There is actually not a lot of detail here, but there are a few hints. First off, there are those “great battle-axes”.   Here are two images from the Bayeux Tapestry of the Anglo-Saxon king, Harold’s, bodyguards, his huscarl, armed with their characteristic long-handled axes.


And here is a modern reconstruction.


Next, we have those five hundred bowmen from Morthond. The Tapestry can provide a useful image of those,


but perhaps what JRRT really was thinking of were the famous longbowmen of Crecy and Poitiers and Agincourt, whose skill and courage knocked down whole waves of equally brave French knights. Here are a pair of modern images by the brilliant historical illustrator, Gerry Embleton, himself a medieval reenactor.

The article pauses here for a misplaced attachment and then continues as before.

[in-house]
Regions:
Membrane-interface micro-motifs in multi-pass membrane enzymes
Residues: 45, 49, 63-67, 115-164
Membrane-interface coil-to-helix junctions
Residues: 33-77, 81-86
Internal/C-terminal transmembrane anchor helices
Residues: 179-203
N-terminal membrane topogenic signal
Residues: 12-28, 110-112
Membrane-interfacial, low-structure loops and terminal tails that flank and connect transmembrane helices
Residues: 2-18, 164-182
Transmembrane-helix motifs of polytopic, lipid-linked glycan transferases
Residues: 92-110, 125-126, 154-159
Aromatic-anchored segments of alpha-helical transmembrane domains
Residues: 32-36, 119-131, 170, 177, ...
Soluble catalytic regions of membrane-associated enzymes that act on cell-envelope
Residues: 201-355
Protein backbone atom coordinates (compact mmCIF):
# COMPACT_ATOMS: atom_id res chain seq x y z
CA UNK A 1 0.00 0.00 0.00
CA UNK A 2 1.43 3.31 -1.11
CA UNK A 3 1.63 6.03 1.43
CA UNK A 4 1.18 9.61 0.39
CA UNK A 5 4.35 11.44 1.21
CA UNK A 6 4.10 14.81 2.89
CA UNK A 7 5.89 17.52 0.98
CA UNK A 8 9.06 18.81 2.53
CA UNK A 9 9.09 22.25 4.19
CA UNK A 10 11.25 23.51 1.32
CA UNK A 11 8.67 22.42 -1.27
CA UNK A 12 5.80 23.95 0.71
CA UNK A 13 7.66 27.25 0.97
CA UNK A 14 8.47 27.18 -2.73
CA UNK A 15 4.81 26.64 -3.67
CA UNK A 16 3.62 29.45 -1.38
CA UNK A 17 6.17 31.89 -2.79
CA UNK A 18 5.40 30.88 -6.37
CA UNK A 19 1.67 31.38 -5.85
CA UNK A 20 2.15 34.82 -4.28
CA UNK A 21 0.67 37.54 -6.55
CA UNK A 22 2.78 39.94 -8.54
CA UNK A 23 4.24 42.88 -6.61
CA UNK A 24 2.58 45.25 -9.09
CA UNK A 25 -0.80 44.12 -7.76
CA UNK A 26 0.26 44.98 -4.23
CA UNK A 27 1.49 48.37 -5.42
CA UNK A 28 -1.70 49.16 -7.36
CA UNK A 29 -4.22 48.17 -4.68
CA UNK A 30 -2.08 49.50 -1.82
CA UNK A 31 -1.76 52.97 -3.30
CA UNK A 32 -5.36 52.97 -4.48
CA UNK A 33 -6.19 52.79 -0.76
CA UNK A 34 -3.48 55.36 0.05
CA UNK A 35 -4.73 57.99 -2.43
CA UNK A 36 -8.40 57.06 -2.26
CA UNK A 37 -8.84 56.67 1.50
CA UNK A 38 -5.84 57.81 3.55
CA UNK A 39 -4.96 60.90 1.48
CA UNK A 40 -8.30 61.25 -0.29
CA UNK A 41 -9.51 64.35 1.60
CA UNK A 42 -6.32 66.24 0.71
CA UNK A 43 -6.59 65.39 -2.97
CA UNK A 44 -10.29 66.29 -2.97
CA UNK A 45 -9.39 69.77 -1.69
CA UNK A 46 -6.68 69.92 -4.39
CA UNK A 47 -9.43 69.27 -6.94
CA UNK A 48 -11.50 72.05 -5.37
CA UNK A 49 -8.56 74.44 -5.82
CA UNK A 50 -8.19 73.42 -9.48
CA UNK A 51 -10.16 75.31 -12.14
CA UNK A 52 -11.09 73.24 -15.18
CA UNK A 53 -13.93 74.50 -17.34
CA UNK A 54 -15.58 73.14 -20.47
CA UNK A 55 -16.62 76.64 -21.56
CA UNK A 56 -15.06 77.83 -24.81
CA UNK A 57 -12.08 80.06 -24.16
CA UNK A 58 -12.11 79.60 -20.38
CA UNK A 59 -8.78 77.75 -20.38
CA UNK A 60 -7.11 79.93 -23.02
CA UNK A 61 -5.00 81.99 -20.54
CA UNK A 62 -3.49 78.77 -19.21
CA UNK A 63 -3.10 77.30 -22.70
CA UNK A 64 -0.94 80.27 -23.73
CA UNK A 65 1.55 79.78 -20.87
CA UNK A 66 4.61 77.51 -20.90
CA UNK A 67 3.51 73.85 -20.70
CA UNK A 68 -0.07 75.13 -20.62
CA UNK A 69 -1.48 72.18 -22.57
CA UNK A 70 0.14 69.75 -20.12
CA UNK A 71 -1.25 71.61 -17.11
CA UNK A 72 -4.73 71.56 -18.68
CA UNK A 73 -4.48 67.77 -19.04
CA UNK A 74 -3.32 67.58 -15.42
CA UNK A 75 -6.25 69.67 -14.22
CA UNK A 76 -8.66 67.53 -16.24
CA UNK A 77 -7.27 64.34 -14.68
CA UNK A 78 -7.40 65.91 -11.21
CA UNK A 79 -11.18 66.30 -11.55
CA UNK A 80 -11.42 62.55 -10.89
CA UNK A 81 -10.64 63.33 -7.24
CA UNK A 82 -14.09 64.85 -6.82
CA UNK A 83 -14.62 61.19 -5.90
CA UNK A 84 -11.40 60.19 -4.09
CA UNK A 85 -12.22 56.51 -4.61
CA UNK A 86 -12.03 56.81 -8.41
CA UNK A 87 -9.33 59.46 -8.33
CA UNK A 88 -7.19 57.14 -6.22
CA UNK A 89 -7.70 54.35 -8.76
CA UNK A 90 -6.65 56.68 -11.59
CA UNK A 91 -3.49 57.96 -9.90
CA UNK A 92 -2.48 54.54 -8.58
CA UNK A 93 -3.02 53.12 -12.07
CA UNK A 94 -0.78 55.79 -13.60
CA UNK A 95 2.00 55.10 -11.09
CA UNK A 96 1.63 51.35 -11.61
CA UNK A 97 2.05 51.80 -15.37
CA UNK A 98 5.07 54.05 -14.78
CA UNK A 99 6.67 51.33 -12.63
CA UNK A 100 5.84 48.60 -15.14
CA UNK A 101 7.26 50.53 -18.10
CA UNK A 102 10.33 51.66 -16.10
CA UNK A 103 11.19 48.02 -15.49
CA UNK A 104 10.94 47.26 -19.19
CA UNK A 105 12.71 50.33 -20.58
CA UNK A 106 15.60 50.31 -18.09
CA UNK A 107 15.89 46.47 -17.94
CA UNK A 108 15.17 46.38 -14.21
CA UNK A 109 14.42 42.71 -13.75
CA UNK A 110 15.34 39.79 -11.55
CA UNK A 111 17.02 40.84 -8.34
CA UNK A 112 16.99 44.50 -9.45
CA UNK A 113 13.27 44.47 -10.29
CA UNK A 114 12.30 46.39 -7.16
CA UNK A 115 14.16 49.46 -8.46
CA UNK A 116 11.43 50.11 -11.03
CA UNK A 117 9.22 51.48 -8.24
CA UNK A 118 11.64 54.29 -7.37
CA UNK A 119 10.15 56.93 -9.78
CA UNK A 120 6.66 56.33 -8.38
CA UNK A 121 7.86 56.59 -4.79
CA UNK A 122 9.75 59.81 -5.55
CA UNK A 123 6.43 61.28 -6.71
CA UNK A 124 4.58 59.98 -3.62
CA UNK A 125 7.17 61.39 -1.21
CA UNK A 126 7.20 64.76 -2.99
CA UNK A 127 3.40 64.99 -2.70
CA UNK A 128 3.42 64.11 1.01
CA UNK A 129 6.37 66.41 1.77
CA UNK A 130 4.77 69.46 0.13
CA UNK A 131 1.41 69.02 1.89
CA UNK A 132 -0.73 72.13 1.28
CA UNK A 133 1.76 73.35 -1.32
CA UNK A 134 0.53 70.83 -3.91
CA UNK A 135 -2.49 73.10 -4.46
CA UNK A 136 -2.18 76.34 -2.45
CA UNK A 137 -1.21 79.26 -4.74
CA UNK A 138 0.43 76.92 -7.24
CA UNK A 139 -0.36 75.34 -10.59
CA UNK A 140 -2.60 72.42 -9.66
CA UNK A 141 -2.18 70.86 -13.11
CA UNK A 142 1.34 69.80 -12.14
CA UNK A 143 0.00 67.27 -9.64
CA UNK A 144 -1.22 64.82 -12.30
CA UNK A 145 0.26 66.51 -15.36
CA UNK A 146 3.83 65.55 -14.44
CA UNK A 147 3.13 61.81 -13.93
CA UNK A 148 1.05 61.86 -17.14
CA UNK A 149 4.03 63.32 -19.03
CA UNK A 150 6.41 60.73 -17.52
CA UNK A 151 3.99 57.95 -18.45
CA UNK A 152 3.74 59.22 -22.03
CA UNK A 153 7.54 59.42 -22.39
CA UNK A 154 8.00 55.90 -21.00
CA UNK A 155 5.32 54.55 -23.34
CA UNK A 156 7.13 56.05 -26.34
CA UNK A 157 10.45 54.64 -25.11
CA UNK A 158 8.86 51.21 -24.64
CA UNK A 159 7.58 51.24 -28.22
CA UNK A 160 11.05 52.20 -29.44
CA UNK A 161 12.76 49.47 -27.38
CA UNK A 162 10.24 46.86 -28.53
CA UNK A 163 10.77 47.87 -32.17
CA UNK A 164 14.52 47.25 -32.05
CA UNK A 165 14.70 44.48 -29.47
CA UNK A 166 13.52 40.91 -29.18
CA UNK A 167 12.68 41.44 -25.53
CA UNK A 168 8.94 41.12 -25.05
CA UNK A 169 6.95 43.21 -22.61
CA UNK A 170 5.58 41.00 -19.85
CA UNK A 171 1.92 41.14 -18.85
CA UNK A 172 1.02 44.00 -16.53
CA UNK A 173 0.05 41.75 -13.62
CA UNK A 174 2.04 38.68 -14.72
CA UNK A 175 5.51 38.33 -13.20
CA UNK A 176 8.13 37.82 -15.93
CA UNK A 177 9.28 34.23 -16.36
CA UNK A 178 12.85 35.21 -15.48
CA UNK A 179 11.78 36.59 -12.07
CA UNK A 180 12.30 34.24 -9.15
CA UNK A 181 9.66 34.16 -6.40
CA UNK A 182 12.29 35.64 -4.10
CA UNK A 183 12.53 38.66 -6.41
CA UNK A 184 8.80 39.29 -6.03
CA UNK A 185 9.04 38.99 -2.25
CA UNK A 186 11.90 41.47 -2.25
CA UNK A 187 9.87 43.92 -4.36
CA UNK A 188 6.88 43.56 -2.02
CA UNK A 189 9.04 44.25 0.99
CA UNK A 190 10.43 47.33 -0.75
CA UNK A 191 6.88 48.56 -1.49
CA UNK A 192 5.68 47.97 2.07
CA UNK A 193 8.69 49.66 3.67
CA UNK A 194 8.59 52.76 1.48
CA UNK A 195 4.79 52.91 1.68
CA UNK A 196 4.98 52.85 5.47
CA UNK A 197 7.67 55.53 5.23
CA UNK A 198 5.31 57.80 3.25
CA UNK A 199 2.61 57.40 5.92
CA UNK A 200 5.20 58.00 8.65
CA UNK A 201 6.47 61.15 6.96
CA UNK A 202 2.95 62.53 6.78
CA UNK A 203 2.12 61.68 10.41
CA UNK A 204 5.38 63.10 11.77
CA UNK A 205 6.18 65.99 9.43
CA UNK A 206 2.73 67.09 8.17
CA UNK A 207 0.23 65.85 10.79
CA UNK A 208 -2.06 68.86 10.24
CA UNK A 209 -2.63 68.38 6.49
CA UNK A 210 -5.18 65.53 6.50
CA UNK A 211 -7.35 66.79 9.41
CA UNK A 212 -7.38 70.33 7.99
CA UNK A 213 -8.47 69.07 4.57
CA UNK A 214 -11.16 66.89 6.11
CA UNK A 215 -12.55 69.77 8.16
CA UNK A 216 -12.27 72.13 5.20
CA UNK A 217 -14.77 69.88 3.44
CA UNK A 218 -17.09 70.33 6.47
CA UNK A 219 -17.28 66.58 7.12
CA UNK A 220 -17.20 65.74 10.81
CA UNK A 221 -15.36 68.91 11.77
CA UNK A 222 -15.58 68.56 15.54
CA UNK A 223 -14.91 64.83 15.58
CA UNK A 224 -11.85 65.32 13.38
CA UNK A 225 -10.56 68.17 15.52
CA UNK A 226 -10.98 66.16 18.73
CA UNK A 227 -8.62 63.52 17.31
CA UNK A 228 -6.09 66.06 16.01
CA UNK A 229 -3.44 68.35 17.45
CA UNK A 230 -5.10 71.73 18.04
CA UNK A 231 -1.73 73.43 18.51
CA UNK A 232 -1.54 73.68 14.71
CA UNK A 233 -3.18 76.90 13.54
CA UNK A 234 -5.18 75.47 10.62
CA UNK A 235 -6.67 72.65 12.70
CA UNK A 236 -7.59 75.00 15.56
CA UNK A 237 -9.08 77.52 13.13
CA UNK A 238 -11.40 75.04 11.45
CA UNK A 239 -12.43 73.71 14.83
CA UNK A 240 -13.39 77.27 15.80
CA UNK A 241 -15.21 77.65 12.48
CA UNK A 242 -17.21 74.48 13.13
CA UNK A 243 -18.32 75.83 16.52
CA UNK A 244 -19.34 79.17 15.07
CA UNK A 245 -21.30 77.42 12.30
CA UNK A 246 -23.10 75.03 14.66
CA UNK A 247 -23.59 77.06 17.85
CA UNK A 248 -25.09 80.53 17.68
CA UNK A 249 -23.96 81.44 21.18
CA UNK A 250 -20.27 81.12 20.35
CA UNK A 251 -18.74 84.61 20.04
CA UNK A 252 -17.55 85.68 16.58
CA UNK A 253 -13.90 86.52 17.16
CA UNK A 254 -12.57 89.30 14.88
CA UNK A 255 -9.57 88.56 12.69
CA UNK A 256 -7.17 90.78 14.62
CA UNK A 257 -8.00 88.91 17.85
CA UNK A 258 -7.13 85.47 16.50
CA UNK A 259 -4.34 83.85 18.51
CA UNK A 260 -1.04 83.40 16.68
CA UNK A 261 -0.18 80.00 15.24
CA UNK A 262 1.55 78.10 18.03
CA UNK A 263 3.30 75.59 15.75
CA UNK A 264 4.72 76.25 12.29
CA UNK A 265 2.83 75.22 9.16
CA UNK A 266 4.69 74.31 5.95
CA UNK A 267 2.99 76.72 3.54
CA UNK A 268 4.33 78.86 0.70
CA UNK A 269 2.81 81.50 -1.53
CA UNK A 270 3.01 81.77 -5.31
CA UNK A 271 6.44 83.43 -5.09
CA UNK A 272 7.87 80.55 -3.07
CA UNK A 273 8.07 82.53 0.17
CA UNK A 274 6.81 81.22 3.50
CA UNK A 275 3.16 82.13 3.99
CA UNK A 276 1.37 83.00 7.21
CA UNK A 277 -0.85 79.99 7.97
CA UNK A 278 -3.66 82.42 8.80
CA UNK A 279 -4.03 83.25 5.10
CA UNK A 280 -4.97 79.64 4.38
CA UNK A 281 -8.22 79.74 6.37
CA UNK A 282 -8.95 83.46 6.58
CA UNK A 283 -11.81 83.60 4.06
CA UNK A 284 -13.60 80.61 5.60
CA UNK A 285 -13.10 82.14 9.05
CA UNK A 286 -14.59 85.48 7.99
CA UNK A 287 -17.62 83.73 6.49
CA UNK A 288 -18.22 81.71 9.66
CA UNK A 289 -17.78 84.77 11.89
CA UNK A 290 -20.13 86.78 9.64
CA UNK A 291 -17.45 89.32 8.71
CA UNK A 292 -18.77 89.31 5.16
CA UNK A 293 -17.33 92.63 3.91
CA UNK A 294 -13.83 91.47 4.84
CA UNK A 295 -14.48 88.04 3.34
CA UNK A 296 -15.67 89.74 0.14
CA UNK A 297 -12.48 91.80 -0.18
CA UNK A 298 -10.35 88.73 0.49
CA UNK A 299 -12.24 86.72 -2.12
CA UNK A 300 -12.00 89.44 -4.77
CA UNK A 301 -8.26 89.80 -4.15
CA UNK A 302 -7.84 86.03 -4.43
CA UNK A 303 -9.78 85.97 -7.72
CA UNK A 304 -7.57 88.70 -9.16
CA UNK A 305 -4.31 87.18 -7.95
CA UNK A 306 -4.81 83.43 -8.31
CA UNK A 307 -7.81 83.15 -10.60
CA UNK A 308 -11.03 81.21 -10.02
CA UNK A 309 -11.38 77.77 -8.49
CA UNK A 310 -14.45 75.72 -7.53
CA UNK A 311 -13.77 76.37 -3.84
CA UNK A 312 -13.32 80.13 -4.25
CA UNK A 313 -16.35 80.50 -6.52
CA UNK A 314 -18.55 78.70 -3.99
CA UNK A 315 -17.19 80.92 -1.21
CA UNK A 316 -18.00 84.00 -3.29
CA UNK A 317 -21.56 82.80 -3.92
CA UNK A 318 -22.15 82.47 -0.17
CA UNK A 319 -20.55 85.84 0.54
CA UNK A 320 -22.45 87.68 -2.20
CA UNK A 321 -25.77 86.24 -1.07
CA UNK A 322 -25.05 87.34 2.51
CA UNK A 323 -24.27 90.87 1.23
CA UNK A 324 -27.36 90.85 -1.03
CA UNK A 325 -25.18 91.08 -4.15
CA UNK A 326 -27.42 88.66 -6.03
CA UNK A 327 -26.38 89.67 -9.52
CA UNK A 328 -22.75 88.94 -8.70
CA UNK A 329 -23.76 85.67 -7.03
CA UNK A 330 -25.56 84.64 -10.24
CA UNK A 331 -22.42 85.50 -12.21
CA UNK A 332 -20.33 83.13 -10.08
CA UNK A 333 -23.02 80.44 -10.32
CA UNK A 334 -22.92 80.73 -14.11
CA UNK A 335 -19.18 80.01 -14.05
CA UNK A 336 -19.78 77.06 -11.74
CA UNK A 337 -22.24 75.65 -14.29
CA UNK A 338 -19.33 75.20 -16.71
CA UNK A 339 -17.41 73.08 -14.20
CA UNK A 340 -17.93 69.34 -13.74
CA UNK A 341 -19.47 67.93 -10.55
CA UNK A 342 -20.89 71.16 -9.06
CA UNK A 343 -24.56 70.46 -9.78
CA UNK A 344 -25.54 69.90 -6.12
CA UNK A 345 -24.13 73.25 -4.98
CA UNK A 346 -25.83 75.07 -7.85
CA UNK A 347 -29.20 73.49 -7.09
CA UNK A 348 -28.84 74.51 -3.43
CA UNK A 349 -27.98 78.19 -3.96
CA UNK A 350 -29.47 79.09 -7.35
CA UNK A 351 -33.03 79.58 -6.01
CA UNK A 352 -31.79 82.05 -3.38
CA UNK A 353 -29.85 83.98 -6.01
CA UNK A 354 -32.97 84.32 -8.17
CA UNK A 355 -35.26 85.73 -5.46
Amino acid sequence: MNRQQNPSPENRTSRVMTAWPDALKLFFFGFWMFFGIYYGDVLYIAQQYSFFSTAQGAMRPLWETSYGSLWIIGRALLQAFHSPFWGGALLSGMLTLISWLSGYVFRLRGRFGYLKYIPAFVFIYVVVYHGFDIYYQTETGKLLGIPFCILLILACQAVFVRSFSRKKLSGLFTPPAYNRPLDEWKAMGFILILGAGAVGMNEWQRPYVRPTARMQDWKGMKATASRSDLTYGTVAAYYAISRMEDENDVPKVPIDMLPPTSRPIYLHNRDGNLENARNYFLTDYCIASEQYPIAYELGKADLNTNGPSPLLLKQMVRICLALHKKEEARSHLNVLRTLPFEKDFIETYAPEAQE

Besides the huscarl, King Harold’s army was made up of the fyrd, a kind of militia drawn from the freemen of the countryside, who had to provide their own weapons and equipment and were only required to serve for limited periods—they would have been farmers, most of them, after all, and couldn’t be off the farm for too long without threatening their own livelihoods. Perhaps these could suggest that “long line of men of many sorts”. Here’s an image from the Tapestry of what appears to be the fyrd fending off a mounted Norman attack. You’ll notice the lack of defensive armor.


“gallant, green-clad men” is rather vague, but, suddenly, all we could see is Robin Hood and his Merry Men. And so we can’t resist including some of our favorite N.C. Wyeth illustrations.


And these could easily provide the model for the rangers in South Ithilien, couldn’t they?